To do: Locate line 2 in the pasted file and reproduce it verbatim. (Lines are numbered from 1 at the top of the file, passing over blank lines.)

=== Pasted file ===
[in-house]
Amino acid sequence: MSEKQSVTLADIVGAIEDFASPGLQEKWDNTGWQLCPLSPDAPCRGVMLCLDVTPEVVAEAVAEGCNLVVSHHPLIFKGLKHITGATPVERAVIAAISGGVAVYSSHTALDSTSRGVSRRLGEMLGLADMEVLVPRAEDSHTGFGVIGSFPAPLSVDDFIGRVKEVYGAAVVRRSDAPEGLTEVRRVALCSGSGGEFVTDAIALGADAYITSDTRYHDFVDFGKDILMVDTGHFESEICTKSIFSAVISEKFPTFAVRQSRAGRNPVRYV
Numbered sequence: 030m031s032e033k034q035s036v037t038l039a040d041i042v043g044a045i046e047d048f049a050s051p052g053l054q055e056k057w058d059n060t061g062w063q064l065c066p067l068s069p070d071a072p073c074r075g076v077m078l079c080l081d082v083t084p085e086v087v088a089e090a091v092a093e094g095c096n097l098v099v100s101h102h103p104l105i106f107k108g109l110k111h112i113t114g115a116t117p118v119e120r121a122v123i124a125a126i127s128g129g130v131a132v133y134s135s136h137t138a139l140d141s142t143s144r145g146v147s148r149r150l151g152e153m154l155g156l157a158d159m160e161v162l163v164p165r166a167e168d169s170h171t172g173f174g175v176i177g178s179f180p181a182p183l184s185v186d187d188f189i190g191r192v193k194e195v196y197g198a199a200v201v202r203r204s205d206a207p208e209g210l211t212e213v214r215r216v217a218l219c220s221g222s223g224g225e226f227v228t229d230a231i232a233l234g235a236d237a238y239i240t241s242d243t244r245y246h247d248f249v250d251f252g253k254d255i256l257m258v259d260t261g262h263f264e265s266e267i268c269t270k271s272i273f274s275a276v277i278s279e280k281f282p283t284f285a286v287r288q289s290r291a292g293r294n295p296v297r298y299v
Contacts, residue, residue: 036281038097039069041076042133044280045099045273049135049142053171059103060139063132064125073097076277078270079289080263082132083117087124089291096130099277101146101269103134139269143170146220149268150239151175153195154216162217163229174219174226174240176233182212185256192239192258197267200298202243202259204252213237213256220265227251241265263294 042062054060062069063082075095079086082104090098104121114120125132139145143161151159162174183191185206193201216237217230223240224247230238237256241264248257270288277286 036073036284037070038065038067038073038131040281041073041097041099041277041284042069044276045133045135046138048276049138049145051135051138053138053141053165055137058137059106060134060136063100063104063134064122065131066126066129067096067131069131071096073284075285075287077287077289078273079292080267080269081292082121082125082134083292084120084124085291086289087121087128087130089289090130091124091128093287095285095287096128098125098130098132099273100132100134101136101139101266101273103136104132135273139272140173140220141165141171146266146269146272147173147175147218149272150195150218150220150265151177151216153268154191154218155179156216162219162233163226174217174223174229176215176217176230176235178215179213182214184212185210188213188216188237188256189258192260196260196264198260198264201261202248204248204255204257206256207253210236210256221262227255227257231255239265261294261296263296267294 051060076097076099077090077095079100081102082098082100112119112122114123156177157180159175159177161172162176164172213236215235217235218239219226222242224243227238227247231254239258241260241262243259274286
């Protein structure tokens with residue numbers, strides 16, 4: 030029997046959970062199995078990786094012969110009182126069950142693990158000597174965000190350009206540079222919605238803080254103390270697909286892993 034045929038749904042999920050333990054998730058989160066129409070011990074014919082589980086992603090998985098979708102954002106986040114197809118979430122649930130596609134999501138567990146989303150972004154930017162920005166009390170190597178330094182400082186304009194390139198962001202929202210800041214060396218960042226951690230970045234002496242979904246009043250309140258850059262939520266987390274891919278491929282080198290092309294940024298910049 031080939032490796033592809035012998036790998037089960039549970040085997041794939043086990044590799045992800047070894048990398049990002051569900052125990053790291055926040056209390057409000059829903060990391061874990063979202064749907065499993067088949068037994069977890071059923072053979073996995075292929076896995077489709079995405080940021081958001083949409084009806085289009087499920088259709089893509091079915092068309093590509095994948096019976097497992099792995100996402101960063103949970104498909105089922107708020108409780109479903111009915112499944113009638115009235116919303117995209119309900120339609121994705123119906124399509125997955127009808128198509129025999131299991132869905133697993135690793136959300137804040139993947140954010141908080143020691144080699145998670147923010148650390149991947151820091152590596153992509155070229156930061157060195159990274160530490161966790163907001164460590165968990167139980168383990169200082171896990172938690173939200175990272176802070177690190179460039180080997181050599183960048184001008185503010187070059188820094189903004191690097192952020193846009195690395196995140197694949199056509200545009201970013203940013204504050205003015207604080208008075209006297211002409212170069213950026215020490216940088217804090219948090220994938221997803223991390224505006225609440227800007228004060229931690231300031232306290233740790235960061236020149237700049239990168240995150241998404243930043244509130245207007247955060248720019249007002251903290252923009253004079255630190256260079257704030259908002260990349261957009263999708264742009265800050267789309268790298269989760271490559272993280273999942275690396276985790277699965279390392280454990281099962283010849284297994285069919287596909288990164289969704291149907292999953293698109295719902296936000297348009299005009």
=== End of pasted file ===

Amino acid sequence: MSEKQSVTLADIVGAIEDFASPGLQEKWDNTGWQLCPLSPDAPCRGVMLCLDVTPEVVAEAVAEGCNLVVSHHPLIFKGLKHITGATPVERAVIAAISGGVAVYSSHTALDSTSRGVSRRLGEMLGLADMEVLVPRAEDSHTGFGVIGSFPAPLSVDDFIGRVKEVYGAAVVRRSDAPEGLTEVRRVALCSGSGGEFVTDAIALGADAYITSDTRYHDFVDFGKDILMVDTGHFESEICTKSIFSAVISEKFPTFAVRQSRAGRNPVRYV